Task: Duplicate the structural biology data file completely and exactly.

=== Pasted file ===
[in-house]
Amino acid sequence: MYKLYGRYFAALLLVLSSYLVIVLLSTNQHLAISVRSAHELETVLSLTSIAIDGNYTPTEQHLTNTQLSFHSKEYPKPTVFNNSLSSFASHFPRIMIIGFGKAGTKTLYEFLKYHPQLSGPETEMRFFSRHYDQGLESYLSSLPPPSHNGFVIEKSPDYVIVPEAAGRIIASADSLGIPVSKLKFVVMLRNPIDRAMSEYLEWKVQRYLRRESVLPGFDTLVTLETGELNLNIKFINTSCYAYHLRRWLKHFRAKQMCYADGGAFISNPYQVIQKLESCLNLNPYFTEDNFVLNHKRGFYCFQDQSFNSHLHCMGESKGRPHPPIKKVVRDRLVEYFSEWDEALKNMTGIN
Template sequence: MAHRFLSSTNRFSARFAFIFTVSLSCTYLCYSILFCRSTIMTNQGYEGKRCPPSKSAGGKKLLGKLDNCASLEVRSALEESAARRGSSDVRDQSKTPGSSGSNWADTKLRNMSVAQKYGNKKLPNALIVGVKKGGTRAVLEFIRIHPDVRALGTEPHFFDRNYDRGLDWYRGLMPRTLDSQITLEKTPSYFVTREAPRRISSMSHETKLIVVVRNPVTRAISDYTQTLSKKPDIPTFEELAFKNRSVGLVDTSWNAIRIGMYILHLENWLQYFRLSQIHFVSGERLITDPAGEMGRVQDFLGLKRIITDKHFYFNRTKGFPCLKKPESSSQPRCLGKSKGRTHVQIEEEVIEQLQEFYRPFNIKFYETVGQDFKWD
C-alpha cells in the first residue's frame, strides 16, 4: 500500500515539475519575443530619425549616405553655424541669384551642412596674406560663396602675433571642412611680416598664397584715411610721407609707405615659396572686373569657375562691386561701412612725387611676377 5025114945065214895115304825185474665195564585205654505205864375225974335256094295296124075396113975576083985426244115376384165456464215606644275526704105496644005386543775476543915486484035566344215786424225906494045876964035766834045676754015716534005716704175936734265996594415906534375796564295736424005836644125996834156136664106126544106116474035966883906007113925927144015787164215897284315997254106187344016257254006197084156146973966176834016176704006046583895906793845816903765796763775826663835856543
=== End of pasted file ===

[in-house]
Amino acid sequence: MYKLYGRYFAALLLVLSSYLVIVLLSTNQHLAISVRSAHELETVLSLTSIAIDGNYTPTEQHLTNTQLSFHSKEYPKPTVFNNSLSSFASHFPRIMIIGFGKAGTKTLYEFLKYHPQLSGPETEMRFFSRHYDQGLESYLSSLPPPSHNGFVIEKSPDYVIVPEAAGRIIASADSLGIPVSKLKFVVMLRNPIDRAMSEYLEWKVQRYLRRESVLPGFDTLVTLETGELNLNIKFINTSCYAYHLRRWLKHFRAKQMCYADGGAFISNPYQVIQKLESCLNLNPYFTEDNFVLNHKRGFYCFQDQSFNSHLHCMGESKGRPHPPIKKVVRDRLVEYFSEWDEALKNMTGIN
Template sequence: MAHRFLSSTNRFSARFAFIFTVSLSCTYLCYSILFCRSTIMTNQGYEGKRCPPSKSAGGKKLLGKLDNCASLEVRSALEESAARRGSSDVRDQSKTPGSSGSNWADTKLRNMSVAQKYGNKKLPNALIVGVKKGGTRAVLEFIRIHPDVRALGTEPHFFDRNYDRGLDWYRGLMPRTLDSQITLEKTPSYFVTREAPRRISSMSHETKLIVVVRNPVTRAISDYTQTLSKKPDIPTFEELAFKNRSVGLVDTSWNAIRIGMYILHLENWLQYFRLSQIHFVSGERLITDPAGEMGRVQDFLGLKRIITDKHFYFNRTKGFPCLKKPESSSQPRCLGKSKGRTHVQIEEEVIEQLQEFYRPFNIKFYETVGQDFKWD
C-alpha cells in the first residue's frame, strides 16, 4: 500500500515539475519575443530619425549616405553655424541669384551642412596674406560663396602675433571642412611680416598664397584715411610721407609707405615659396572686373569657375562691386561701412612725387611676377 5025114945065214895115304825185474665195564585205654505205864375225974335256094295296124075396113975576083985426244115376384165456464215606644275526704105496644005386543775476543915486484035566344215786424225906494045876964035766834045676754015716534005716704175936734265996594415906534375796564295736424005836644125996834156136664106126544106116474035966883906007113925927144015787164215897284315997254106187344016257254006197084156146973966176834016176704006046583895906793845816903765796763775826663835856543